Canadian Pacific Railway Grain Elevator
The location of the C.P.R. Yards posed problems for construction because of the soft, wet ground; some low-lying areas of the yards required approx. 2 million cubic feet of soil to sure-up the foundations. The nature of the soil in this area would prove quite disastrous in 1913 for the yard's nearby terminal elevator.
A transfer elevator was constructed in 1912 for the Canadian Pacific Railway by the Barnett-McQueen Company of Ontario. The structure was built entirely of reinforced concrete and was designed to store up to 1 million bushels of grain. Unfortunately, the structure collapsed during filling after foundation pressures exceeded the bearing capacity of the underlying clay foundation soil.
Over a period of 12 hours on 18 October 1913, the binhouse sank into the ground until it listed at an angle of some 30 degrees. The following video produced by the Transcona Museum provides a record of the failure, how the original designers struggled to understand the cause and most remarkably, how ingenuity and determination led to the successful righting of the structure:
North Transcona Post Office
The post office opened in 1913 on Lot 56 in the SE section of 17-11-4E, property along present-day Bluecher Ave. in the present-day neighbourhood of North Transcona. It was situation in close proximity to the railway station. A complete listing of North Transcona postmasters includes:
James Hy. King (1913 - 1918, resignation)
Alfred J. Whitmore (1918 - 1923, left)
W.B. Gillam (1923 - 1927, resignation)
Alex C. Currie (1929 - 1931, resignation)
Margaret Robson (1931 - 1932, resignation)
The post office was close officially in May 1932. No vestige of the former post office building remains at the site.
North Transcona Station
The railway station at North Transcona was located in the SE section of 17-11-4E, near the present-day intersection of Day St. and Risque Ave. This railway point has moved locations and been known by several names over the century, including "Suthwyn" (ca. 1909), "Woods" (ca. 1906-1913), and "Norcran" (ca. 1915-present).
More research is needed, as no vestige of the former railway station remains at the site.
North Transcona School
A one-room schoolhouse, the North Transcona School was located on the site of SW 20-11-4E along the north side of Springfield Road (on land that is now part of Kilcona Park). The school opened in 1914 and remained in operation until its replacement in 1952. Although originally expected to be a temporary structure until the area fully developed, the school served the small local population until its closure.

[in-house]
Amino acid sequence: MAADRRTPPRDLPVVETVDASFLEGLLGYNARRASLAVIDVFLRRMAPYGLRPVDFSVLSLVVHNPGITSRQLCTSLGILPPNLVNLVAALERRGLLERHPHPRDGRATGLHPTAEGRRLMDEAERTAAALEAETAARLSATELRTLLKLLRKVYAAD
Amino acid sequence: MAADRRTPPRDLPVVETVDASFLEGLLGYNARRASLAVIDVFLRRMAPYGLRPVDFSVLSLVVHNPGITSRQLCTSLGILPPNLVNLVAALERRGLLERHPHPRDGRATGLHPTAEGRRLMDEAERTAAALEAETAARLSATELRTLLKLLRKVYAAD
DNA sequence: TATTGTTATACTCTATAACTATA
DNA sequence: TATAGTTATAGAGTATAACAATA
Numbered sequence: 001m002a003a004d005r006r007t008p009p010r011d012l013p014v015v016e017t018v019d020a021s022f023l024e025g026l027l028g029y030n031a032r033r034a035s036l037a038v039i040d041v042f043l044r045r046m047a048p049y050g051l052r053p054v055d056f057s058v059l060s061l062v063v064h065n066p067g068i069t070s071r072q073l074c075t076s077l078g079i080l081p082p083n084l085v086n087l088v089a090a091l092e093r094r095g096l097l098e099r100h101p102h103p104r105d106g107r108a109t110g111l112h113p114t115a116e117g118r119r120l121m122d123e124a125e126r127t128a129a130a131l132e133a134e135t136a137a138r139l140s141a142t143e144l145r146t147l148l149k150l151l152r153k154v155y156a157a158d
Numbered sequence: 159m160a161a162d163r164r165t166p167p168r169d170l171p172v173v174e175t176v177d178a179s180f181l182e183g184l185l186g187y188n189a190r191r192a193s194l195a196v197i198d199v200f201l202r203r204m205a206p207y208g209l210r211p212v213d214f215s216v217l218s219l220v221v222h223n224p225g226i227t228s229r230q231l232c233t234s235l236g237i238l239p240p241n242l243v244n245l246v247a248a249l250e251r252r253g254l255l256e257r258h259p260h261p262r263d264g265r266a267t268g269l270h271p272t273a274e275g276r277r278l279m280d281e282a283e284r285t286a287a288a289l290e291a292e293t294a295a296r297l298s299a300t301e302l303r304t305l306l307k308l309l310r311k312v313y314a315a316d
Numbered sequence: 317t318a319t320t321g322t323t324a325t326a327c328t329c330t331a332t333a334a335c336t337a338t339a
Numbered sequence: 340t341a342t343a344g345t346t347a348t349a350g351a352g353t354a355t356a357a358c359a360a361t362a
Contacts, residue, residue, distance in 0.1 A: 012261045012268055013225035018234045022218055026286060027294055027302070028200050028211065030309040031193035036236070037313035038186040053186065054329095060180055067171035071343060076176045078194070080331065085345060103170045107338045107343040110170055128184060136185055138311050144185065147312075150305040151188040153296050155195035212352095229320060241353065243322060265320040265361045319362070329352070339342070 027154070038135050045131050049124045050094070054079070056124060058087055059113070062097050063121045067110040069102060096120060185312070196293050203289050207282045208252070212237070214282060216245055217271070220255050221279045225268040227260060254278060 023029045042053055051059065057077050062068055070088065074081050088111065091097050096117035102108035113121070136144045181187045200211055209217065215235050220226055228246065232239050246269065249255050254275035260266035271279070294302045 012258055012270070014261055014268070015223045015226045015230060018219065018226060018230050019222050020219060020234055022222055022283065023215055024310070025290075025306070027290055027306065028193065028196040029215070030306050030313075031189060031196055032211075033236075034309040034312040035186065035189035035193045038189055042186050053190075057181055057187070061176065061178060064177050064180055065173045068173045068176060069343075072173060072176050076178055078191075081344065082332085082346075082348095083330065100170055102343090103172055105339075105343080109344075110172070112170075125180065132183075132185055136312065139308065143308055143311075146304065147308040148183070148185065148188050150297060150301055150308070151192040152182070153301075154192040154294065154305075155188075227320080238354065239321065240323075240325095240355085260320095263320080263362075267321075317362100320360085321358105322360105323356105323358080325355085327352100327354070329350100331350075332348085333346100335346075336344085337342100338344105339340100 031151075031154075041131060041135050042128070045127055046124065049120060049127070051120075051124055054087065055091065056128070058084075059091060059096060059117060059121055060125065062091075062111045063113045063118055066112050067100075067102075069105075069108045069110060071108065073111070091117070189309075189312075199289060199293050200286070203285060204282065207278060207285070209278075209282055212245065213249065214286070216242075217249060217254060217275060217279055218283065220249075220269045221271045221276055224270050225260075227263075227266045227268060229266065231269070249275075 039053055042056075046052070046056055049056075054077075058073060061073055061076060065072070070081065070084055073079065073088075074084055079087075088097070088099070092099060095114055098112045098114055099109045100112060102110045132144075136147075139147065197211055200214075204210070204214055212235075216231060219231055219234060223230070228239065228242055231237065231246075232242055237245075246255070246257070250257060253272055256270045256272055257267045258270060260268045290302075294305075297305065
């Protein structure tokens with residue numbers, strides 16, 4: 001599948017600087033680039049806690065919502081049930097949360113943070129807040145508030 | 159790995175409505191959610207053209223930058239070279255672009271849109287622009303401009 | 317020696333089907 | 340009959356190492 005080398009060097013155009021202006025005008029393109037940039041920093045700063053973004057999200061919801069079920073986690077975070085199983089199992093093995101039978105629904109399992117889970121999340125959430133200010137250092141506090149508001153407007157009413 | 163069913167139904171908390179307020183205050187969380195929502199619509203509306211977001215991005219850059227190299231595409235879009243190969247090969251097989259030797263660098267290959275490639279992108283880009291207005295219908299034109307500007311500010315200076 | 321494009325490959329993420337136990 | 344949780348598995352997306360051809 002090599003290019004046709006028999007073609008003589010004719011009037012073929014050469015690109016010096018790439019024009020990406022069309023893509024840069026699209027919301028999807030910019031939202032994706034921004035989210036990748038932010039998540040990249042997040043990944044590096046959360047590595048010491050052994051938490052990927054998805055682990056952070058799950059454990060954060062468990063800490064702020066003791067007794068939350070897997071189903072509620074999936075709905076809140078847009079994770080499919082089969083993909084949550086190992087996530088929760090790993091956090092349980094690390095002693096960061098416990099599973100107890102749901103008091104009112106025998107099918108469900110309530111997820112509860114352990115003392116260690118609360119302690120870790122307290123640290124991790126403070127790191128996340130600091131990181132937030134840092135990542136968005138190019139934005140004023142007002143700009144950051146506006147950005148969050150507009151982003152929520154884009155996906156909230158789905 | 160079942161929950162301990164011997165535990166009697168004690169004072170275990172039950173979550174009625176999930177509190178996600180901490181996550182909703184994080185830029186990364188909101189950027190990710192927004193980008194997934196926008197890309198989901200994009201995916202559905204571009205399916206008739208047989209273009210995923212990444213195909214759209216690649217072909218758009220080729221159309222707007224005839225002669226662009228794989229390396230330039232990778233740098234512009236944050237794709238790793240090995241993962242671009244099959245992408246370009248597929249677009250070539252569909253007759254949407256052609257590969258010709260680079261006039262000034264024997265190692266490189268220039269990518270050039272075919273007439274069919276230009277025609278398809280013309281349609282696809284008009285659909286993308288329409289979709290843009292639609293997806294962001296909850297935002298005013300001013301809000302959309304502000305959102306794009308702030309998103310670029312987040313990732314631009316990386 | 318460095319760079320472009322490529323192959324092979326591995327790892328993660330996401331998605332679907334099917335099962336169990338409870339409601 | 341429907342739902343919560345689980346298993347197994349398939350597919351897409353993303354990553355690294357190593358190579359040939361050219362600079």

The school was also refered to as the "Beaman School". No vestige of the former school building remains there today.
North Transcona Today
With the onset of the First World War in 1914, many resources used for the development of North Transcona were redirected to support the war effort. As well, following the economic downturn at the end of the First World War, the completion of the Panama Canal in 1914, and the start of the Great Depression in the 1930s, rail traffic through the Winnipeg area never experienced the growth that was expected prior to 1914. The early optimists who predicted a population of 50,000 were quite off the mark, as the area never housed more than 200 workers. The C.P.R. Yards themselves never employed more than 300 workers instead of the expected 5,000 workers in the initial plans.
As a result, the townsite of North Transcona simply never developed as originally planned. Those structures that were initially built during the boom years no longer exist. At some point, the homes and businesses were removed (see images below). Even the 36-room, three-storey hotel was closed in 1918.
Although still an active railway yard, the majority of the site's large structures have since been removed. In late 2016, traces of the former roundhouse - its chimney and foundation - were demolished. As well, the yard's former connections to the C.P.R. Bergen-Cutoff Railway Bridge and the Marconi Line were removed.
Interactive Map of North Transcona
Do you have stories and/or information on the community of North Transcona? If so, please leave a comment or contact the Transcona Museum, as we would love to hear them!
Next time on Communities that Time Forgot: Springfield
Beatrice Fraser Fonds. Transcona Museum Archives.
"Historic Sites of Manitoba: Canadian Pacific Railway North Transcona Yard (RM of Springfield)". Manitoba Historical Society. Accessed 8 July 2017.
"Historic Sites of Manitoba: North Transcona School / Beaman School (Springfield Road, Winnipeg)". Manitoba Historical Society. Accessed 16 November 2017.
Louise Page Fonds. Transcona Museum Archives.
No Donor Recorded 56 Fonds. Transcona Museum Archives.
"Post Offices and Postmasters". Library and Archives Canada. Accessed 8 July 2017.
"The Voice -- May 10, 1912". Manitobia: Digital Resources on Manitoba History. Accessed 7 July 2017.
Transcona Museum. "History of the Transcona Grain Elevator". Filmed Summer 2014. YouTube video, 7:21. Posted November 2014.
Winnipeg Railway Museum Collection Fonds. Transcona Museum Archives.